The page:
Tarnok began the season at Rome and ended it at Mississippi. The Braves added him to the 40-man roster ahead of the Rule 5 draft protection deadline. Tarnok’s season took off after his promotion, as he posted a 2.60 ERA and a 2.27 FIP in 45 innings at Double-A. He won’t be a factor for the Opening Day roster, but now that he is on the 40-man, he could move quickly.
Touki Toussaint - (2021: 11 G, 10 GS, 50.0 IP, 22.2 K%, 10.2 BB%, 4.50 ERA, 5.79 FIP, -0.2 fWAR)
A shoulder injury during the spring delayed the start of Toussaint’s 2021 season. He got off to a fast start when he rejoined the rotation, allowing two earned runs or less in six of his first seven starts. However, a number of those involved him playing with fire, and it all came crashing down when he allowed nine earned runs and walked seven over his final 10 innings. In the end, he was left off the playoff roster completely. It feels like Toussaint has reached the point where a shift in roles could be in order. Whatever the role, he will be one of the more experienced options that will be vying for a spot on the Opening Day roster.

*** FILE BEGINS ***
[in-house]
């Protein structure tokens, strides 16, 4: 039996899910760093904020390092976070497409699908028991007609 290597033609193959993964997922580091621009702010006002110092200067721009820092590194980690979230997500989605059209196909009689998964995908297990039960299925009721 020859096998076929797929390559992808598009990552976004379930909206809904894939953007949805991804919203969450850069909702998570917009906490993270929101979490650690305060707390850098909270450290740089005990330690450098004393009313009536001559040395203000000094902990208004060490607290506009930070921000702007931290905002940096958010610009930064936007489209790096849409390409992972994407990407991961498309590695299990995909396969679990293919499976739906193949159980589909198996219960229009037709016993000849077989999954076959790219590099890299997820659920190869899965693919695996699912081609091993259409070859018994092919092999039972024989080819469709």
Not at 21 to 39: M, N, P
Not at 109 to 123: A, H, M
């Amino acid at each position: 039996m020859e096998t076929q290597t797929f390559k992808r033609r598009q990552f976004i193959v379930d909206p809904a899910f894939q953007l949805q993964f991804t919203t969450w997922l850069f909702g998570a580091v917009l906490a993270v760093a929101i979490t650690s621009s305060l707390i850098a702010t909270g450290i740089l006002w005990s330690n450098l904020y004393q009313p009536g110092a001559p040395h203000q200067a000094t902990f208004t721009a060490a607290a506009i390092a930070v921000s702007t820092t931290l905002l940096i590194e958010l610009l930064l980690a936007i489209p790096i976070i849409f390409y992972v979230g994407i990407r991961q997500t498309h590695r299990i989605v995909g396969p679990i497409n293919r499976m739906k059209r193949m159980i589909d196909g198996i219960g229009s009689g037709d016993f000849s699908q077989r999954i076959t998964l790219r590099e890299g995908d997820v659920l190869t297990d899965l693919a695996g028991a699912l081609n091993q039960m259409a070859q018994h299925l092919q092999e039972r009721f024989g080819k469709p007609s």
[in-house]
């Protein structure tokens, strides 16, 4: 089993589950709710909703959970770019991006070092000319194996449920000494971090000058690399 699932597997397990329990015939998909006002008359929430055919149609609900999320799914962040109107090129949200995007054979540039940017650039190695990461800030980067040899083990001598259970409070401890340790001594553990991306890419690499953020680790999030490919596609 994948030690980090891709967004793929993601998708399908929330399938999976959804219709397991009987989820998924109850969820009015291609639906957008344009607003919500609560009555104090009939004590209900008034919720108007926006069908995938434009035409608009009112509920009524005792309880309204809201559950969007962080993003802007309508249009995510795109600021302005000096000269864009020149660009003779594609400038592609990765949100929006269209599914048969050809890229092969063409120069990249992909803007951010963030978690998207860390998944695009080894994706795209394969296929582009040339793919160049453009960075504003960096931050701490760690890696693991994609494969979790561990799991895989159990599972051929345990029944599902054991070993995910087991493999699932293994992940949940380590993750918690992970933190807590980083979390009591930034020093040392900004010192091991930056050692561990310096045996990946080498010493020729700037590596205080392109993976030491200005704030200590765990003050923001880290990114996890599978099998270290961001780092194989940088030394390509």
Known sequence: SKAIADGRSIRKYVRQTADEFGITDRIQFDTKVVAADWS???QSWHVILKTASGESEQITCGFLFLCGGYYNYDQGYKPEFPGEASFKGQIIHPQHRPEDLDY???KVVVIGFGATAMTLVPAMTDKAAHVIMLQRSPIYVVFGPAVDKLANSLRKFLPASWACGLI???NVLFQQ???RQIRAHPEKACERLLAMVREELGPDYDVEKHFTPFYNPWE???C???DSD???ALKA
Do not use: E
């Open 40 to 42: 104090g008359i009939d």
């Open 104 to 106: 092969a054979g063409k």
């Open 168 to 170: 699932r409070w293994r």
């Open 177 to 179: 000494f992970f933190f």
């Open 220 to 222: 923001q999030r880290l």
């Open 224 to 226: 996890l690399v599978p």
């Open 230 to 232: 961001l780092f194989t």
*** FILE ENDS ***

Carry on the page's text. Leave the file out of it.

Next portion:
Jacob Webb (2021: 34 G, 34.1 IP, 21.6 K%, 9.2 BB%, 4.19 ERA, 4.07 FIP, 0.1 fWAR)
Webb bounced back and forth between the major league bullpen and Gwinnett for most of 2021. He ended up appearing in 34 games at the major league level and posted a 4.19 ERA and a 4.07 FIP in 34 1/3 innings. He finished the regular season on a good note and still has an option remaining in 2022.
Brooks Wilson (2021 AA, AAA: 39 G, 50.0 IP, 41.4 K%, 9.4 BB%, 2.34 ERA, 2.14 FIP)
Wilson was another young pitcher that was added to the 40-man roster ahead of the Rule 5 draft roster deadline. He showed big-time strikeout numbers between Double-A and Triple-A and put together a solid 2021 season overall. He should be in the mix to make his debut at the major league level at some point in 2022.
William Woods (2021 CPX, A+: 5 GS, 10.2 IP, 17.4 K%, 8.7 BB%, 4.22 ERA, 7.36 FIP)
Another pitcher added ahead of the Rule 5 draft roster deadline was hard throwing right-hander William Woods. Woods was slowed by injury and ended up making five combined starts between the Complex League and High-A Rome. He made six appearances in the Arizona Fall League where he had a 4.29 ERA and 20 strikeouts in 21 innings. It will be interesting to see if the Braves continue to use him as a starter, as he will be another intriguing name to watch during the spring.